Kitchen Destruction.. err.. Demolition

Remember this pic?

You were probably wondering why we had an entire IKEA kitchen in our dining room. One of the good things about renting a house owned by M’s family is that we get to do a lot things to make the house “ours” that we wouldn’t normally be able to do while renting. We wanted to tackle the kitchen, which is good both for us and for the future value of the property when we move out.

Here’s what the kitchen used to look like:

It’s a long galley kitchen with not much room to edit the layout. Did you spot the strange part? There are no base cabinets or counter on the entire left side! We’re not really sure why this is or how long renters have been living with it like this, but we’ve been living with it this way for three weeks and it’s really annoying. Between the fridge and stove there is about three feet of space, and to the right of the stove there are another two feet! Holy wasted space, Batman!!

We researched affordable kitchen options online and ended up at our favorite Swedish furniture store, IKEA!

Here’s the plan I made using IKEA’s Kitchens & Appliances workbook. It’s a catalog with all of IKEA’s kitchen products, and in the back there’s grid paper and scaled punch-outs of their cabinets and appliances. It was actually fun! I then used the pricing guide to look up each piece and total up what our whole kitchen should cost. We made a “must list” and a “wish list” and once we saw how things were adding up, we found out we’d be able to afford pretty much all of the items on our wish list while still working within the budget Marc’s family gave us.

We worked with an IKEA associate to tweak our plan a little and order all of the pieces we’d need. Several hours later, my car looked like this:

We were able to fit everything in one carload and have our counters, range hood, and dishwasher delivered the following day. It took us a whole week to muster enough confidence to start working on the kitchen. Today we finally got our hands dirty!

Here’s Marcus working on the first cabinet. Please note, however, that this is about two hours into “starting” the project. First of all, these cabinets are made of metal. I’ve never really seen anything like them but they are heavy! We could see that the cabinets had been painted over many, many times and there were probably at least 4 or 5 layers of paint attaching them to the wall, as well as whatever hardware had been used to originally hang them. We used a knife to score around the box and pulled and pried and lifted but the thing didn’t budge.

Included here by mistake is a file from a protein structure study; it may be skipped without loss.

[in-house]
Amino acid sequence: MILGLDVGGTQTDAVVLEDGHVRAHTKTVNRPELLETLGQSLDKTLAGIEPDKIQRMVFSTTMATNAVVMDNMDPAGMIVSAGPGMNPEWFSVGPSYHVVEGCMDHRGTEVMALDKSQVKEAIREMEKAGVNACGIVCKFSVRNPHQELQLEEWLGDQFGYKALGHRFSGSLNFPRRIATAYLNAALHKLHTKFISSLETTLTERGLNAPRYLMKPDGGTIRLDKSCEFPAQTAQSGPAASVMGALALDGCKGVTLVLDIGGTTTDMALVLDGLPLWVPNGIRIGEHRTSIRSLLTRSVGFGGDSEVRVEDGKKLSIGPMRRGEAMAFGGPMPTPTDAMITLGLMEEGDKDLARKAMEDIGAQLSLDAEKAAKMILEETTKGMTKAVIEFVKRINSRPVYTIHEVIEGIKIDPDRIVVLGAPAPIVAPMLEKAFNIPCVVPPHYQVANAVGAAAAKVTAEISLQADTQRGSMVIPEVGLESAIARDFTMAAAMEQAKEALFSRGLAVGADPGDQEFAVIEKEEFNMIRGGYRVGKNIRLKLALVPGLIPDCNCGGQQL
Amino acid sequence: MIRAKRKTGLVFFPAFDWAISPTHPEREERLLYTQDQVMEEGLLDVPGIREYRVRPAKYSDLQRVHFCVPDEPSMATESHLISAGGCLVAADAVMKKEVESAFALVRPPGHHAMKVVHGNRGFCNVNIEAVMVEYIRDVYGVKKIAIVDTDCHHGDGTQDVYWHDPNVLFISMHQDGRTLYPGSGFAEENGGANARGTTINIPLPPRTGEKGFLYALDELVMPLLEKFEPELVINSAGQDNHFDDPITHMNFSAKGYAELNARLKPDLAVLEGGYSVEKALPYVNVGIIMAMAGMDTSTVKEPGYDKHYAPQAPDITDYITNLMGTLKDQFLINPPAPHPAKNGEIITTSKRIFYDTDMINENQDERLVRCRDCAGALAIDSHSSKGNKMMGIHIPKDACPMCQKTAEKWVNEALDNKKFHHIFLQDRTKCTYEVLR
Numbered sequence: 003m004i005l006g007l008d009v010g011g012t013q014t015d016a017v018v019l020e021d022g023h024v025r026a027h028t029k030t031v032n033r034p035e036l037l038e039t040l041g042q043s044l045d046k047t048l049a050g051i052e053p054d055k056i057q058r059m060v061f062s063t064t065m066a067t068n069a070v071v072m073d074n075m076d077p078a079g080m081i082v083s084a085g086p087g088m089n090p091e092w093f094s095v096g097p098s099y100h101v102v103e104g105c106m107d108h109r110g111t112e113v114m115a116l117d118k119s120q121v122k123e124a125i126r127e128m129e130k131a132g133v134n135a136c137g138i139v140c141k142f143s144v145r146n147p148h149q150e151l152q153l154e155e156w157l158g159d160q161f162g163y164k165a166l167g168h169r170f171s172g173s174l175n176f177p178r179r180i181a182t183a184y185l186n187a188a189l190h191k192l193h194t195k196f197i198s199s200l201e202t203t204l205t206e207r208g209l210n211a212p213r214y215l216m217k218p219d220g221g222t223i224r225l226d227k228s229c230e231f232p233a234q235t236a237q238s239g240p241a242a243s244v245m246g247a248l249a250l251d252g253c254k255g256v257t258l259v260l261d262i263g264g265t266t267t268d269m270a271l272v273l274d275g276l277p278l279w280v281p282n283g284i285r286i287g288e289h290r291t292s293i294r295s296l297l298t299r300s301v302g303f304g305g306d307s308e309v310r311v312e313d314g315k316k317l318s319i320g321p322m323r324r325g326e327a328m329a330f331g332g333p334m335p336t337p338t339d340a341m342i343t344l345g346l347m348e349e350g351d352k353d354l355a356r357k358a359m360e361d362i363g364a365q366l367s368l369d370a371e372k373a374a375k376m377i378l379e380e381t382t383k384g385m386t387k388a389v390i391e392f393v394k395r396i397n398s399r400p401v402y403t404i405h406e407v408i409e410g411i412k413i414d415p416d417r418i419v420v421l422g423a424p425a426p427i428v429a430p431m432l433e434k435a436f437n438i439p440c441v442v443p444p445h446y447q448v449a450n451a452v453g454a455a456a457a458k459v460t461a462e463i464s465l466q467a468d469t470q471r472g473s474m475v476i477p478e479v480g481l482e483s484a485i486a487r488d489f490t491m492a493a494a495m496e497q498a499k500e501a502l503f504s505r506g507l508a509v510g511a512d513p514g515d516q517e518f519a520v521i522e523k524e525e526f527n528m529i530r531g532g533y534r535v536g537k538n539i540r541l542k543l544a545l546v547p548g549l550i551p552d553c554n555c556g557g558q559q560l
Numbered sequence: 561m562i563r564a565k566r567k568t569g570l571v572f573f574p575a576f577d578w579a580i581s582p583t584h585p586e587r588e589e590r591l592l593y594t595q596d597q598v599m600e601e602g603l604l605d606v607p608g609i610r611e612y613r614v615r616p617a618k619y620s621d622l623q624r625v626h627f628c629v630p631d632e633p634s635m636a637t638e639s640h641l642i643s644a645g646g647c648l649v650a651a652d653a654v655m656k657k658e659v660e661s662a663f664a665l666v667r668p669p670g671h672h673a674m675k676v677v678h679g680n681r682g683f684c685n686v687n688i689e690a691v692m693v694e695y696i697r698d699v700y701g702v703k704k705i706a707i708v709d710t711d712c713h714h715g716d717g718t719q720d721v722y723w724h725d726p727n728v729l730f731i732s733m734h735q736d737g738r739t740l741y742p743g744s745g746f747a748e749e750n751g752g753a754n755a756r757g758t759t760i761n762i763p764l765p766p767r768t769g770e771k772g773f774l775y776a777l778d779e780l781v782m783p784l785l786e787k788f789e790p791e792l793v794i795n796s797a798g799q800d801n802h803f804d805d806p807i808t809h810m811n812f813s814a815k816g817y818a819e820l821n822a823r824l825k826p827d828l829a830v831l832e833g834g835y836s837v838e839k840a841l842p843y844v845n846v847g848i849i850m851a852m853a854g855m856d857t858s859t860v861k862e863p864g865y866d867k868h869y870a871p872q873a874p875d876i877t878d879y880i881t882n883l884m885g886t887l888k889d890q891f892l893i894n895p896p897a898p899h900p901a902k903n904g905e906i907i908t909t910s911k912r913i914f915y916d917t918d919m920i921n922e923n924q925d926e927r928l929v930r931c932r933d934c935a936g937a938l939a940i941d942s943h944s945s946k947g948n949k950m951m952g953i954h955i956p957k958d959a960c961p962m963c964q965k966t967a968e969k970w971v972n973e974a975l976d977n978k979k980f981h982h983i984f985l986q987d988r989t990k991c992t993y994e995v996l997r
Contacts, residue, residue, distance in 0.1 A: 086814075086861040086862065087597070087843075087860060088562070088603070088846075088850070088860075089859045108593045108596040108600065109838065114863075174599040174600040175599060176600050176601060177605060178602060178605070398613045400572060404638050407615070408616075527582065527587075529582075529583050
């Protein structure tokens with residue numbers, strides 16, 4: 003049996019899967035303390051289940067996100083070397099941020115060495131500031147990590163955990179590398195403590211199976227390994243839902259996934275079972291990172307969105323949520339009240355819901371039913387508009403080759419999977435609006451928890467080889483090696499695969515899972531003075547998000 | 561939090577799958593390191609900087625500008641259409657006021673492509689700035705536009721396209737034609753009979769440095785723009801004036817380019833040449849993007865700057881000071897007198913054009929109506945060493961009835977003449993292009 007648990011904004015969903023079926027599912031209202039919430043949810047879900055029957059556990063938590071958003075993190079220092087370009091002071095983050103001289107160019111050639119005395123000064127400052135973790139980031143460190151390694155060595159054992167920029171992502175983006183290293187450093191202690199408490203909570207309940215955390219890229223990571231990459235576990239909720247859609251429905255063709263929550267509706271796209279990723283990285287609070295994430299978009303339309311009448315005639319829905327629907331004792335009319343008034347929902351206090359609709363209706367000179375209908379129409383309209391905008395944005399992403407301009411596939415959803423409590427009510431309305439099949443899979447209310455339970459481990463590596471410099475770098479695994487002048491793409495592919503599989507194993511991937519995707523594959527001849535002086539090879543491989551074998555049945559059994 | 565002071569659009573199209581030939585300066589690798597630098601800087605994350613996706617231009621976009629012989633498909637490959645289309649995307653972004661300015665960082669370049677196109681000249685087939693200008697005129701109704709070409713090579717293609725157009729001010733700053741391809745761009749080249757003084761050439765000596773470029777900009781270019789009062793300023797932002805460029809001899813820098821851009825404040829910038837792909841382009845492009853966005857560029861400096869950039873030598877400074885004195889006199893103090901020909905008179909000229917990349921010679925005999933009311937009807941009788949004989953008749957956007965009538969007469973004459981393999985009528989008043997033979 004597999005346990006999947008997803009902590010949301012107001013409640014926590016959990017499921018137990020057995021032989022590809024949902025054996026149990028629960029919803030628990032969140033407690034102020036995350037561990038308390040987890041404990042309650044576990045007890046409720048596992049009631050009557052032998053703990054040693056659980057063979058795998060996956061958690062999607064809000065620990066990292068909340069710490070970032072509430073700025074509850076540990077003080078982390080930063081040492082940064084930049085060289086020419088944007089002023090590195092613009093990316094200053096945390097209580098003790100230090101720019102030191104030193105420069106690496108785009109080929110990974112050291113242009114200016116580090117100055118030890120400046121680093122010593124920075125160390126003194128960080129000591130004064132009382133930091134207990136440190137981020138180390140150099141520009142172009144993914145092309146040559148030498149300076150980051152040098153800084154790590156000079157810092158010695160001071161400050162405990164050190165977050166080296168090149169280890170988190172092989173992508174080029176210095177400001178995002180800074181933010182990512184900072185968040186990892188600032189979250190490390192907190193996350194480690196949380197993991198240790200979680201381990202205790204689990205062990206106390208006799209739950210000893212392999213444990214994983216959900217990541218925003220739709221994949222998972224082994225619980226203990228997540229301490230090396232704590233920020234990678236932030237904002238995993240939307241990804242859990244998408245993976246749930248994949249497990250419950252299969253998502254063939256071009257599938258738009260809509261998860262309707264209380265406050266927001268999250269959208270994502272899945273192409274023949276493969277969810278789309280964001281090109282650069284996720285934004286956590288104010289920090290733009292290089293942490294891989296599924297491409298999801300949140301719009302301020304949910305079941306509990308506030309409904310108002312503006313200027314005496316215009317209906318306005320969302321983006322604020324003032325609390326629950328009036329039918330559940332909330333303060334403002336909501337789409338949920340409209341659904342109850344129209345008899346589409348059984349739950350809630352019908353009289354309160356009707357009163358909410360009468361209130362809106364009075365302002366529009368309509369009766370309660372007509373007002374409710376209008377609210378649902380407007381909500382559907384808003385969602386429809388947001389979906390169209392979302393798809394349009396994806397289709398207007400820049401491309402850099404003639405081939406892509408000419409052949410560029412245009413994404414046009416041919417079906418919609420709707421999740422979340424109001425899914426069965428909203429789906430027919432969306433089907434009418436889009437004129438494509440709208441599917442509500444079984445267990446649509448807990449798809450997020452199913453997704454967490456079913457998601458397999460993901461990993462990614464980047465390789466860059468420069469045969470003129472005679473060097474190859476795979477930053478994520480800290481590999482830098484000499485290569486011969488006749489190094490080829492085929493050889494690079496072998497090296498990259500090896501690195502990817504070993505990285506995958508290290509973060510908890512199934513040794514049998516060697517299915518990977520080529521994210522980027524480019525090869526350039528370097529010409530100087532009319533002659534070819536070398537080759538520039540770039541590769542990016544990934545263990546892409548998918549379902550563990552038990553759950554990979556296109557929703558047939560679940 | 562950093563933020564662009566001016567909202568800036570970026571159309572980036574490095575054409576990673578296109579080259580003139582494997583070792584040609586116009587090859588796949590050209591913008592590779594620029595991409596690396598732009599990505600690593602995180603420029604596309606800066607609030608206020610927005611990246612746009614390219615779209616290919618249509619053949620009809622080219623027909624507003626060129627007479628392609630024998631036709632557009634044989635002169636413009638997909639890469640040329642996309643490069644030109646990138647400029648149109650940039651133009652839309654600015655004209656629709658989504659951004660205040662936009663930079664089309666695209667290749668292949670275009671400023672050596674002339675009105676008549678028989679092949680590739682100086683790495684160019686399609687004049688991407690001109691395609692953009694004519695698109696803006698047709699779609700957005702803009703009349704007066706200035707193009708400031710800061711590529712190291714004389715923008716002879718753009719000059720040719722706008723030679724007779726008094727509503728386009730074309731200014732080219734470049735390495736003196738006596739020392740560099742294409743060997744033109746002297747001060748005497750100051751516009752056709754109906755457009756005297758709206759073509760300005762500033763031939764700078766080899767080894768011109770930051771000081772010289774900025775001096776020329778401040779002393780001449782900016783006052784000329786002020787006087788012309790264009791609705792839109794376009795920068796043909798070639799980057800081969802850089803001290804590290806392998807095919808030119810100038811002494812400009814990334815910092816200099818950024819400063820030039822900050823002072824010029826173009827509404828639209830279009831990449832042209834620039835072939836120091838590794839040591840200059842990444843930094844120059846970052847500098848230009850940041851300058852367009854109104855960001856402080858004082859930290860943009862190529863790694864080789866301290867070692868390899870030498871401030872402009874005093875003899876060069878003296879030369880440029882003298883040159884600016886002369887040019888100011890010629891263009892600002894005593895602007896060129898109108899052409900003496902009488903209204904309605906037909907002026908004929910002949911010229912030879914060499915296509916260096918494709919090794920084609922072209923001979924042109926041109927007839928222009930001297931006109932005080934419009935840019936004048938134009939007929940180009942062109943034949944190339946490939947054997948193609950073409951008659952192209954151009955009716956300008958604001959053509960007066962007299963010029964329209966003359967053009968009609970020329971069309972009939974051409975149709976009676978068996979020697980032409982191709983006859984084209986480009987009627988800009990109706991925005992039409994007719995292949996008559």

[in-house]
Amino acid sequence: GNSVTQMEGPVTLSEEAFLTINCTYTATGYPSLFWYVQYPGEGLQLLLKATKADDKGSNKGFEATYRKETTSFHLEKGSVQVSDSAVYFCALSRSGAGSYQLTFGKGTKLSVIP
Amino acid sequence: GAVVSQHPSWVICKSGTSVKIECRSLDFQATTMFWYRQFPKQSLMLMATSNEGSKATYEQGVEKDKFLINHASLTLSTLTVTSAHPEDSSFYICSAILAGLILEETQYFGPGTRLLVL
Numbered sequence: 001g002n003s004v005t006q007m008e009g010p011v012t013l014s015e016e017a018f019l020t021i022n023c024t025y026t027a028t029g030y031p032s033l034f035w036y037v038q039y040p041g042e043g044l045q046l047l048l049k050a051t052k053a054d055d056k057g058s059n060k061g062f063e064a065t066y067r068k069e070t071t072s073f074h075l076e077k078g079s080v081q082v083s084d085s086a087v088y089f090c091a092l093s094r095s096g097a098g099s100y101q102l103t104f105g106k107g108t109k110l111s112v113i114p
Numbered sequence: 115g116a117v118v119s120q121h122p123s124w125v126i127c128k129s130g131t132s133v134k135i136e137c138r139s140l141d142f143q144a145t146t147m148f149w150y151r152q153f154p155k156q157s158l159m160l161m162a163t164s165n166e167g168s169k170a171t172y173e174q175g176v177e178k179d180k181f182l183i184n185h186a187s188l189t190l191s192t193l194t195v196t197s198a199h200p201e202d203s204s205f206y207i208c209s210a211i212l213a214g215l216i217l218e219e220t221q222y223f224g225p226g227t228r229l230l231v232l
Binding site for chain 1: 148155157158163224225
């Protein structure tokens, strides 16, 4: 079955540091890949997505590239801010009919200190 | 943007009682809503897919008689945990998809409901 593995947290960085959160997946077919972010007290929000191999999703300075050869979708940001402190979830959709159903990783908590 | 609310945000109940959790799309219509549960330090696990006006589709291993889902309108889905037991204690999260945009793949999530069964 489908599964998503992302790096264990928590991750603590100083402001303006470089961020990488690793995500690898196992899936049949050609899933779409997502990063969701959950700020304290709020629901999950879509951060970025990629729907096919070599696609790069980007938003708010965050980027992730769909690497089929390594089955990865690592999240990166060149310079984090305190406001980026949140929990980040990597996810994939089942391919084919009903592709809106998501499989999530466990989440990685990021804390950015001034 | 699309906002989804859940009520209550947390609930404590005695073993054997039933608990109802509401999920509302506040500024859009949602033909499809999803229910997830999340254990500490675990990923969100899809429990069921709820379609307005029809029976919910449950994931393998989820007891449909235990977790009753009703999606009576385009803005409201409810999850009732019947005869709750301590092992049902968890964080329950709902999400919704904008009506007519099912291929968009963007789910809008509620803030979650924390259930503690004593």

M ran to “The Depot” (as we call it since we go there about every day), and got a crow bar, mallet, and chisel. Eventually we figured out a system and got them all down. And so you don’t think I was just taking pictures the whole time, here’s a little proof:

The left wall of cabinets was a little tougher to get down because they were all attached.. even though we didn’t know it. There were tiny screws attaching them that had been painted over a hundred times, just like everything else. We had to chisel away the paint covering each one and hand screw each one out.

Sticking your head in stinky, dirty, old cabinets isn’t that fun. But once they’re all down, you’ve got this!

Dirty walls with water and smoke damage in about a hundred different colors! That dark paper stuck to the walls are the original delivery tickets that we found on several of the cabinets. Unfortunately they don’t have a date on them but they are from Sears and Roebuck and addressed to a Mr. Wayne Ward, so these cabinets must have been here since before M’s grandparents bought the house in the 60s. That means they had been there for at least fifty years! What a piece of history!

And check out these holes!

Each cabinet was held up by four or five old, rusty screws or nails. Each one left a huge hole in our old plaster walls (check out my finger for scale). Does anyone have ideas for how to repair these? Most of them will be covered by new cabinets, but on the window wall we’re installing open shelving so the walls need to be repaired and smoothed really well. After we got them down, we felt quite accomplished, so we rewarded our efforts with some In N Out. Later this week we’ll be removing the base cabinets and counter, luckily there’s only about half as much of that as there should be!

What’s the biggest/best DIY project you’ve ever taken on?

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7 Responses to Kitchen Destruction.. err.. Demolition

  1. fisheye says:

    Good progress for the first day! To fix the holes that are going to show, get some mesh drywall tape and some "mud" and make patches. Oh, and you'll need a sanding sponge.

  2. Happy to see you and M believe in togetherness.You've got quite a project there, but I have no doubt you will get it done.My hardest DIY project was refinishing all my kitchen cabinets, but the results were well worth all the work…

  3. idiotG says:

    Good job guys. Unfortunately I think that the demo work is probably the easiest part of the reno. Take your time and think things through from the beginning. I think you want to start with the corner cabinet, making sure it's level AND plumb. And, if I can give you one more very important word of advice….."SHIMS."

  4. Shellby says:

    Wow, this is impressive! I Can't believe those cabinets were metal (?) and they left all that damage behind…It's a rough project but I know it will turn out awesome :)To cover the holes for the open shelves, wallpaper? nothing crazy patterned, but it would be an easy(ish) fixSide note: I want In N Out. So badly.

  5. aurorafedora says:

    oh yuck,what a hard, dirty job! but we all know the finished product will be great! keep us posted.

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